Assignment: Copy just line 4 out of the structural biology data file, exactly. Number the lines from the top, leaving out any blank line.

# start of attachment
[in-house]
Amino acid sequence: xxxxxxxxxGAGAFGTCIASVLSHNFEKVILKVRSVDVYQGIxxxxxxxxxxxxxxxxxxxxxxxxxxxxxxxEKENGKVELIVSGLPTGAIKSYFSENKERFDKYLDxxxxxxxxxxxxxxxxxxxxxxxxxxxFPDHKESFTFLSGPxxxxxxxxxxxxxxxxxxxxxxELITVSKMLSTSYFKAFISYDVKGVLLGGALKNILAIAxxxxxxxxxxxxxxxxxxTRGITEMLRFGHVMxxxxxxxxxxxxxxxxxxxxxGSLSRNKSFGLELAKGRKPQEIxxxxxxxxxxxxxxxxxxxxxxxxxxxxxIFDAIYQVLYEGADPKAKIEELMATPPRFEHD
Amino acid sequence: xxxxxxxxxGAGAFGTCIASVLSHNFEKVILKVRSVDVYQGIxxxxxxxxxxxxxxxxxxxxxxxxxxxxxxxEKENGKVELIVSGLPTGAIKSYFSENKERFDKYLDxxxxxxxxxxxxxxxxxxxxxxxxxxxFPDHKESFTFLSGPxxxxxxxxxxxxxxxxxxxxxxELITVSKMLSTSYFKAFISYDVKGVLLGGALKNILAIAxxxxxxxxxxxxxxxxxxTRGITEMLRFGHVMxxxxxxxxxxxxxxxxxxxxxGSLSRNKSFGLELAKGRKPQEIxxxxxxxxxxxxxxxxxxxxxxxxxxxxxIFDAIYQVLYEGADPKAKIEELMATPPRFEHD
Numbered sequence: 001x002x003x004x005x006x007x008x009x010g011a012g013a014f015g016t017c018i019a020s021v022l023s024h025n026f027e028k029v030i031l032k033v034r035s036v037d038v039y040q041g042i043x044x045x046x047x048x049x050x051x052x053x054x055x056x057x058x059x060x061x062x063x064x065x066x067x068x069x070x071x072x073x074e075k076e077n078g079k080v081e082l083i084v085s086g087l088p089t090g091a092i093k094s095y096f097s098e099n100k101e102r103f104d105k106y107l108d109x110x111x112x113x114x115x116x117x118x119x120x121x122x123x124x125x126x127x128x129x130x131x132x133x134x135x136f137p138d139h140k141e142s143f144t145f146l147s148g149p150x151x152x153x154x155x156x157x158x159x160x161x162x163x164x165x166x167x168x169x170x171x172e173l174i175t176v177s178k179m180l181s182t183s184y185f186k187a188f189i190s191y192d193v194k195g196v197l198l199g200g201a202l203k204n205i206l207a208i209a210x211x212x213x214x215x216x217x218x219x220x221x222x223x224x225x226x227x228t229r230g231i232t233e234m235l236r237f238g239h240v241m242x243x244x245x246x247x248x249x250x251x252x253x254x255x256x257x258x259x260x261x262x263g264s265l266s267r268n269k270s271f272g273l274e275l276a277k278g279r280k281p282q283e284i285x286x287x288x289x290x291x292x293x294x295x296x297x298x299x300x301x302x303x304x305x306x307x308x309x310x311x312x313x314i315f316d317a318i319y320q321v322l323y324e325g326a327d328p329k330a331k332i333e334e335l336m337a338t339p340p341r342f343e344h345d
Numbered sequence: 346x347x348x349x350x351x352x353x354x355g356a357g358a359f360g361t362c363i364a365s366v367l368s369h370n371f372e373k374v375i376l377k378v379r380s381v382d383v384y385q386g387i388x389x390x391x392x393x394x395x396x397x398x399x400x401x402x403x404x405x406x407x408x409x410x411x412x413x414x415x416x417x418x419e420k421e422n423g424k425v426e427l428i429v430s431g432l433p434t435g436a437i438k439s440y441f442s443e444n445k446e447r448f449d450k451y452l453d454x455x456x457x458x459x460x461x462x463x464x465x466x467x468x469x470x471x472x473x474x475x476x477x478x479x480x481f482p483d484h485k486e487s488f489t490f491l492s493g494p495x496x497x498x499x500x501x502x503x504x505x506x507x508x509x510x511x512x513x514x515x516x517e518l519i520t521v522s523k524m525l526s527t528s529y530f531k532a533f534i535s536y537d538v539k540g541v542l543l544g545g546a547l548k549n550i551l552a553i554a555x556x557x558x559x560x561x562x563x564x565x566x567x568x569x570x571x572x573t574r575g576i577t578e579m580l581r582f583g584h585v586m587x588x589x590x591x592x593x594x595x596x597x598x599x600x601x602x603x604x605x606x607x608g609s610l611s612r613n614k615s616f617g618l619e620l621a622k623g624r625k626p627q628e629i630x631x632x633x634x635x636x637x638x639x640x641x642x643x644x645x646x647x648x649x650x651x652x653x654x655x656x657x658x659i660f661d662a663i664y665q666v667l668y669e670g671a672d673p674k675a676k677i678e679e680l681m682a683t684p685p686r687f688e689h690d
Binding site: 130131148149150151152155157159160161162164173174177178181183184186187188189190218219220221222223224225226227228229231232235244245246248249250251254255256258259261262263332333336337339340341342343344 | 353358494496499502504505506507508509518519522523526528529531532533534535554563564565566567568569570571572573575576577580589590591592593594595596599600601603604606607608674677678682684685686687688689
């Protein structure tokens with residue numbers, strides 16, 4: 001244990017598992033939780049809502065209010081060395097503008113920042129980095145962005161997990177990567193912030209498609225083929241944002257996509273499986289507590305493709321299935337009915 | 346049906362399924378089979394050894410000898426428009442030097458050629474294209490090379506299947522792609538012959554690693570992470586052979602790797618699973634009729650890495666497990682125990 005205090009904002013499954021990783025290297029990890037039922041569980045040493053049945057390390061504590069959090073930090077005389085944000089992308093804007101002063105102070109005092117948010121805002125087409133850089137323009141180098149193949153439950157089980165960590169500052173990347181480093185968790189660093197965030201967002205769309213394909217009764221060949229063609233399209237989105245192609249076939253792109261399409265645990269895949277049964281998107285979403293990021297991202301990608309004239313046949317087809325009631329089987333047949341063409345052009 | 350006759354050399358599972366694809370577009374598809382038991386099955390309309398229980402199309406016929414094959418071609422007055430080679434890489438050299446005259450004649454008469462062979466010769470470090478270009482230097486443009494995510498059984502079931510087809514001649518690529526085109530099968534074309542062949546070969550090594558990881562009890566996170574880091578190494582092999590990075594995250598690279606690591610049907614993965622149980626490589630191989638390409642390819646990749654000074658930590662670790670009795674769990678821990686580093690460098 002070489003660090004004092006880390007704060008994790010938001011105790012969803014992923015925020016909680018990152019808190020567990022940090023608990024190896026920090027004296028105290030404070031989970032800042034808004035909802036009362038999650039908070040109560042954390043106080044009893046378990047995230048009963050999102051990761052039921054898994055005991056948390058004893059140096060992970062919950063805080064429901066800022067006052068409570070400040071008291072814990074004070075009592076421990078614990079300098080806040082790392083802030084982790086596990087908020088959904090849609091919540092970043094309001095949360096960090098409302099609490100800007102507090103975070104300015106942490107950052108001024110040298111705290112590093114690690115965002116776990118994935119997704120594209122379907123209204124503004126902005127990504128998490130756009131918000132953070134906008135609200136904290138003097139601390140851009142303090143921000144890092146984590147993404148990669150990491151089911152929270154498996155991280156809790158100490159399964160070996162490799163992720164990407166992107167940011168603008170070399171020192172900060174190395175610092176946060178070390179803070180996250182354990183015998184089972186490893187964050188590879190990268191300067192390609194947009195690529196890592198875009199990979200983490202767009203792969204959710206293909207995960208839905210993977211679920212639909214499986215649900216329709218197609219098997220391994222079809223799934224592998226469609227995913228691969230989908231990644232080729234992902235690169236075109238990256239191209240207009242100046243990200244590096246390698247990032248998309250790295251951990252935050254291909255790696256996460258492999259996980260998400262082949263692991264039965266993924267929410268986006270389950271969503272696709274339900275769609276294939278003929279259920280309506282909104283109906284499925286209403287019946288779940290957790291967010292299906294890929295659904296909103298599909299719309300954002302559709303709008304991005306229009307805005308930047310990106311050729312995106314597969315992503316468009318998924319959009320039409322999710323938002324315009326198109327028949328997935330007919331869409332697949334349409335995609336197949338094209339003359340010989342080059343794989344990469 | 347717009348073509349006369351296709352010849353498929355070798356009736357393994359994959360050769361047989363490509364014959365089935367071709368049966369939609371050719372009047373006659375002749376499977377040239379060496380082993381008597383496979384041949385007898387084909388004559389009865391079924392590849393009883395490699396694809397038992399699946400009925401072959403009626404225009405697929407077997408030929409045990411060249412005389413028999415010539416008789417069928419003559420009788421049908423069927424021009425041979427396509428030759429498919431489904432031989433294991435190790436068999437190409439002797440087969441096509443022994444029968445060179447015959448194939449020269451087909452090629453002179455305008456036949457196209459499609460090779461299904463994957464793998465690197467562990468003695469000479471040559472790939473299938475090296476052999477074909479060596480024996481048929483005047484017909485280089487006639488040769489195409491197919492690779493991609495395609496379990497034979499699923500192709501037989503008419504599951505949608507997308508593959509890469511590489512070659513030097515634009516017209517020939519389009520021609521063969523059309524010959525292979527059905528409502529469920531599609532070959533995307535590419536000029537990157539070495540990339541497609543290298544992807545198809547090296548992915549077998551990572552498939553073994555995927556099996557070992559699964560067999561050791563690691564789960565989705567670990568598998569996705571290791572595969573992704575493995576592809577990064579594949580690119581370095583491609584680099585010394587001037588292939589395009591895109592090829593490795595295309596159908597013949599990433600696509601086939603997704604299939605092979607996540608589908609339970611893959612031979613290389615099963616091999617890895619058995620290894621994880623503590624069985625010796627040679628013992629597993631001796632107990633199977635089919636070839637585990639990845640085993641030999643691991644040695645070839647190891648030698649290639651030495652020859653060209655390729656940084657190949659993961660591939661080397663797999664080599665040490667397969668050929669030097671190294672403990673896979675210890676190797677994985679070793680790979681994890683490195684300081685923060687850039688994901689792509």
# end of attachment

Numbered sequence: 001x002x003x004x005x006x007x008x009x010g011a012g013a014f015g016t017c018i019a020s021v022l023s024h025n026f027e028k029v030i031l032k033v034r035s036v037d038v039y040q041g042i043x044x045x046x047x048x049x050x051x052x053x054x055x056x057x058x059x060x061x062x063x064x065x066x067x068x069x070x071x072x073x074e075k076e077n078g079k080v081e082l083i084v085s086g087l088p089t090g091a092i093k094s095y096f097s098e099n100k101e102r103f104d105k106y107l108d109x110x111x112x113x114x115x116x117x118x119x120x121x122x123x124x125x126x127x128x129x130x131x132x133x134x135x136f137p138d139h140k141e142s143f144t145f146l147s148g149p150x151x152x153x154x155x156x157x158x159x160x161x162x163x164x165x166x167x168x169x170x171x172e173l174i175t176v177s178k179m180l181s182t183s184y185f186k187a188f189i190s191y192d193v194k195g196v197l198l199g200g201a202l203k204n205i206l207a208i209a210x211x212x213x214x215x216x217x218x219x220x221x222x223x224x225x226x227x228t229r230g231i232t233e234m235l236r237f238g239h240v241m242x243x244x245x246x247x248x249x250x251x252x253x254x255x256x257x258x259x260x261x262x263g264s265l266s267r268n269k270s271f272g273l274e275l276a277k278g279r280k281p282q283e284i285x286x287x288x289x290x291x292x293x294x295x296x297x298x299x300x301x302x303x304x305x306x307x308x309x310x311x312x313x314i315f316d317a318i319y320q321v322l323y324e325g326a327d328p329k330a331k332i333e334e335l336m337a338t339p340p341r342f343e344h345d